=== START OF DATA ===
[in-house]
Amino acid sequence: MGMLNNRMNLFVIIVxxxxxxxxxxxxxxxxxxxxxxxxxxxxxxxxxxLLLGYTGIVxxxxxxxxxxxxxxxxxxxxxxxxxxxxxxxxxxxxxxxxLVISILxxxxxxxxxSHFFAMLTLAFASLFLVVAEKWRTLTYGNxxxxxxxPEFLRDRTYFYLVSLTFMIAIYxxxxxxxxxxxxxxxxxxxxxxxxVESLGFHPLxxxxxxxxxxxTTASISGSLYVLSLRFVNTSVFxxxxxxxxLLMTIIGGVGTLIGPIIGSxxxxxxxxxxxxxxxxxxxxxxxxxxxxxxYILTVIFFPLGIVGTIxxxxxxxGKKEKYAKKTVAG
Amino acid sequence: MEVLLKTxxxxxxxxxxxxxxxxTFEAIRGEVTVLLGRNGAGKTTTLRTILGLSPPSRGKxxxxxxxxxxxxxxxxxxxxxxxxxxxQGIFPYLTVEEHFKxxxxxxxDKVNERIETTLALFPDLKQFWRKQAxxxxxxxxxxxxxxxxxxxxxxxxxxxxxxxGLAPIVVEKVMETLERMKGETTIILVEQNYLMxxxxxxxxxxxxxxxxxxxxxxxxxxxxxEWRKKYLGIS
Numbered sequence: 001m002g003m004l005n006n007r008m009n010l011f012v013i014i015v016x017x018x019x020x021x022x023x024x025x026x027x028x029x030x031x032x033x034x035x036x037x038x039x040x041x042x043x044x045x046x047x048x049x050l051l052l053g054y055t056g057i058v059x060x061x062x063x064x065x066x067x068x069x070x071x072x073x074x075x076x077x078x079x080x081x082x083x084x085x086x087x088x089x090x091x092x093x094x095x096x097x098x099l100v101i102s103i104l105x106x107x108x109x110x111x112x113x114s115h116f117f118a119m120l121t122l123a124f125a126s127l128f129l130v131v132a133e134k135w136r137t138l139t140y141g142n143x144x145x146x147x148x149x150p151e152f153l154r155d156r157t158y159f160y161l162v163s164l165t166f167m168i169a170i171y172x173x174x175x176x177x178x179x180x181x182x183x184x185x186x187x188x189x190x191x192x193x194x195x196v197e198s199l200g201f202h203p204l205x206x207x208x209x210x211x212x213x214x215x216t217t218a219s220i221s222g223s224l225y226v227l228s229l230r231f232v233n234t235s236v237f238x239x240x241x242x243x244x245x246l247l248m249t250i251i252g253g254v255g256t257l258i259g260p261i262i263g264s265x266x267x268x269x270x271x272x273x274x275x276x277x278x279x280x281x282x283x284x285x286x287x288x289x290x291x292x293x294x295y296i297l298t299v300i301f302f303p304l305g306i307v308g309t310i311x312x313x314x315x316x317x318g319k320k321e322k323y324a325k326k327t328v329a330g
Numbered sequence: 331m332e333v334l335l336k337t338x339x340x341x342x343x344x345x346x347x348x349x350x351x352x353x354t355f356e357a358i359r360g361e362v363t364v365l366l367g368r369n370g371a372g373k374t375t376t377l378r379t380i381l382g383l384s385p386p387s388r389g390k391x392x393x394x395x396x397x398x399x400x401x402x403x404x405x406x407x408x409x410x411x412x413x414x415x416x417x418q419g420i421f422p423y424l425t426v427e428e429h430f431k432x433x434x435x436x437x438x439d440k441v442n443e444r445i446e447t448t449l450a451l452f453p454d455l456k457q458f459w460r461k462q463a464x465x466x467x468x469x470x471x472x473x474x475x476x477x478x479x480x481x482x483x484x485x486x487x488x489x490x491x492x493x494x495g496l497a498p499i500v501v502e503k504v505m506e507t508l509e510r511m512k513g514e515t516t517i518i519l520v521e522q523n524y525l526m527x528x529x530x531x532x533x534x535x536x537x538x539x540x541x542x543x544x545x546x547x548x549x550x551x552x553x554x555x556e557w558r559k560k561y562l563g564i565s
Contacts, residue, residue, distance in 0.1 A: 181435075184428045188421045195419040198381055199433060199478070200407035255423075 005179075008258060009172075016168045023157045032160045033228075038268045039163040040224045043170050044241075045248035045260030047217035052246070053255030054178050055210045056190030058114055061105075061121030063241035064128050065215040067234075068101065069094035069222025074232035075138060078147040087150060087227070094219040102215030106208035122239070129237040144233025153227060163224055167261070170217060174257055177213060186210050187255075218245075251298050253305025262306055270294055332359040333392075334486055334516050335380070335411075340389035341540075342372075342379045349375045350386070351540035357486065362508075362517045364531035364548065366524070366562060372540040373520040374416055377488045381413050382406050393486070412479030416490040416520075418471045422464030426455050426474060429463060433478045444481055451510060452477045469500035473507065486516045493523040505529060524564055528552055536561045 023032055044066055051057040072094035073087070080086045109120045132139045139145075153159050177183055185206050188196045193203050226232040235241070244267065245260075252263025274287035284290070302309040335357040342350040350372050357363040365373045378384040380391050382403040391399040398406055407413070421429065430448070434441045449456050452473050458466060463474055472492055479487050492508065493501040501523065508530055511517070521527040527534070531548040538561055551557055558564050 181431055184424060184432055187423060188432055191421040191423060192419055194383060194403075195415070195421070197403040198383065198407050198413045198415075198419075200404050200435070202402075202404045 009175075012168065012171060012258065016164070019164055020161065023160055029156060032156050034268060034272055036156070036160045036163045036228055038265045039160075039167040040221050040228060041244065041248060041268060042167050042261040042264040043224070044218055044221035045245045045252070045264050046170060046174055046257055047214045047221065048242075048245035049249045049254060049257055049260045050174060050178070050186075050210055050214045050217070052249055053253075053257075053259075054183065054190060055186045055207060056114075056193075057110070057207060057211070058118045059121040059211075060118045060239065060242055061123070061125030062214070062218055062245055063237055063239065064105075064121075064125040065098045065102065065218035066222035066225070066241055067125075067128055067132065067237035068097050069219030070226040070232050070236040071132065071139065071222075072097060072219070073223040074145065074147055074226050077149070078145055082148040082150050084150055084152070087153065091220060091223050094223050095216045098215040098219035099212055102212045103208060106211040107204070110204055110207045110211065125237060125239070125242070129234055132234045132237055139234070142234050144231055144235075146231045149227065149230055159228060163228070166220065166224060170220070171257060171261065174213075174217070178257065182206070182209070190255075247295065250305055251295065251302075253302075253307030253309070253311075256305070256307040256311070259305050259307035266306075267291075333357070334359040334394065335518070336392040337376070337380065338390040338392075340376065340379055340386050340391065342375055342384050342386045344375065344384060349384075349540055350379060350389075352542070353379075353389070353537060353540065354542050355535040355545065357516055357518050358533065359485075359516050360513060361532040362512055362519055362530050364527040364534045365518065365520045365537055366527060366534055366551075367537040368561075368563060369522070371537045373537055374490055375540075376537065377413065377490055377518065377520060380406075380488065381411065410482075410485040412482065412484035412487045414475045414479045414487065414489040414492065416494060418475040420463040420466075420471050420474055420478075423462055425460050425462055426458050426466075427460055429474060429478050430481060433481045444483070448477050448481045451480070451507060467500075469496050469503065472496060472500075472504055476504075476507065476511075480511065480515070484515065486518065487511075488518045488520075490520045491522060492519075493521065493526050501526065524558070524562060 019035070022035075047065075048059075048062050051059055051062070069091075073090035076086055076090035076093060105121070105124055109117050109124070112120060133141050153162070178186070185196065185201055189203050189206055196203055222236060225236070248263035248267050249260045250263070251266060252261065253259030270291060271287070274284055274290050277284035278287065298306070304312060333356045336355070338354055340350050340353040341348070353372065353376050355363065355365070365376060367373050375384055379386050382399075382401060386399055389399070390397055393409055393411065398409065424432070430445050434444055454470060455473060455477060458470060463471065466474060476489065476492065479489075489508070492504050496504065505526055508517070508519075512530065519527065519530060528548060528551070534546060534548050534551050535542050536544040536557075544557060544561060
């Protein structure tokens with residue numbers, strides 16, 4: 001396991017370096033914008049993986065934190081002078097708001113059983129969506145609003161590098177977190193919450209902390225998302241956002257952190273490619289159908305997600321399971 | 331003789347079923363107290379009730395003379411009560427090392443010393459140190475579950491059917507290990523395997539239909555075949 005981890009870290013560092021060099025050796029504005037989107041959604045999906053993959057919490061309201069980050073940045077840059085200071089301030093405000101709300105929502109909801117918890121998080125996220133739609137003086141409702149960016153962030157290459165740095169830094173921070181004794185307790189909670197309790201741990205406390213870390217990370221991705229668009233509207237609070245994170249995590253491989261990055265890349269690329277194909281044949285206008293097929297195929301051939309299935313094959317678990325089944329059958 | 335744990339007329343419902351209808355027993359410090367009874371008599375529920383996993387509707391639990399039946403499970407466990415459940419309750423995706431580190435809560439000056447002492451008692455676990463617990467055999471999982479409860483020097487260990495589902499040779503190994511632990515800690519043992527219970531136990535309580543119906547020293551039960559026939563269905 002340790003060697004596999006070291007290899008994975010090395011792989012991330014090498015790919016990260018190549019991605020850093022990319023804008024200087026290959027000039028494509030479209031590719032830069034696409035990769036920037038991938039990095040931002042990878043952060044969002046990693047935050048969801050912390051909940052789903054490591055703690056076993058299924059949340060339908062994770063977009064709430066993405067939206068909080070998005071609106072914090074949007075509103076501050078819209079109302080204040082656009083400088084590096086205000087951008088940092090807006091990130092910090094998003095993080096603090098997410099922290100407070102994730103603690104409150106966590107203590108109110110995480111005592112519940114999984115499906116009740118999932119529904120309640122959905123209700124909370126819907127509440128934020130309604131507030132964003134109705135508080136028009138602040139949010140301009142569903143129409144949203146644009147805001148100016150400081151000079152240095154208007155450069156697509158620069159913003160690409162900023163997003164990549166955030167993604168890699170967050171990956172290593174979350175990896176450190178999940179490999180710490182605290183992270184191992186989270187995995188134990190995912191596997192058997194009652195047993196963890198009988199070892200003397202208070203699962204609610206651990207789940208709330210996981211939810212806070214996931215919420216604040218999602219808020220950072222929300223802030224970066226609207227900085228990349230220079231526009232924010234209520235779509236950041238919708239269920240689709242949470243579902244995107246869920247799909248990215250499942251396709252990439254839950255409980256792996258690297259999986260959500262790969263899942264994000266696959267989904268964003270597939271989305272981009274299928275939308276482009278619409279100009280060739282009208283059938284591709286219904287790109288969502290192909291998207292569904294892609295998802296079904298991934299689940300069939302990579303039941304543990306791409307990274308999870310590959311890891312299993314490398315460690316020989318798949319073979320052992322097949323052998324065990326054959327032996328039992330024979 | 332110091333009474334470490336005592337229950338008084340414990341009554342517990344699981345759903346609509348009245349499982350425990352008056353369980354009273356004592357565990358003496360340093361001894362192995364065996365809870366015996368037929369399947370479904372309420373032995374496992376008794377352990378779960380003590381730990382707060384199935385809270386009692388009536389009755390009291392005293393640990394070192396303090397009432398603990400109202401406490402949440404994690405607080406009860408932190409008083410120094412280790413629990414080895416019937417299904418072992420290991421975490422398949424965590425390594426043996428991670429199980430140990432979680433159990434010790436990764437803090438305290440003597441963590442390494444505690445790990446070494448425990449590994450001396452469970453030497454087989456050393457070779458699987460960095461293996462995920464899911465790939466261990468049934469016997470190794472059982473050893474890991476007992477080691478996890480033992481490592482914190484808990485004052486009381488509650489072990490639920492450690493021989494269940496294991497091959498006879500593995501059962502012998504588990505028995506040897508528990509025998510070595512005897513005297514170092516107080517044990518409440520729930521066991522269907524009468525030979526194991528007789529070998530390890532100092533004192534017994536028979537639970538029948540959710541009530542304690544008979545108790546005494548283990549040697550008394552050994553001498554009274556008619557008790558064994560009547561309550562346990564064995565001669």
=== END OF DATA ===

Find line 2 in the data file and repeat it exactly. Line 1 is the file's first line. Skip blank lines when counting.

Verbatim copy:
Amino acid sequence: MGMLNNRMNLFVIIVxxxxxxxxxxxxxxxxxxxxxxxxxxxxxxxxxxLLLGYTGIVxxxxxxxxxxxxxxxxxxxxxxxxxxxxxxxxxxxxxxxxLVISILxxxxxxxxxSHFFAMLTLAFASLFLVVAEKWRTLTYGNxxxxxxxPEFLRDRTYFYLVSLTFMIAIYxxxxxxxxxxxxxxxxxxxxxxxxVESLGFHPLxxxxxxxxxxxTTASISGSLYVLSLRFVNTSVFxxxxxxxxLLMTIIGGVGTLIGPIIGSxxxxxxxxxxxxxxxxxxxxxxxxxxxxxxYILTVIFFPLGIVGTIxxxxxxxGKKEKYAKKTVAG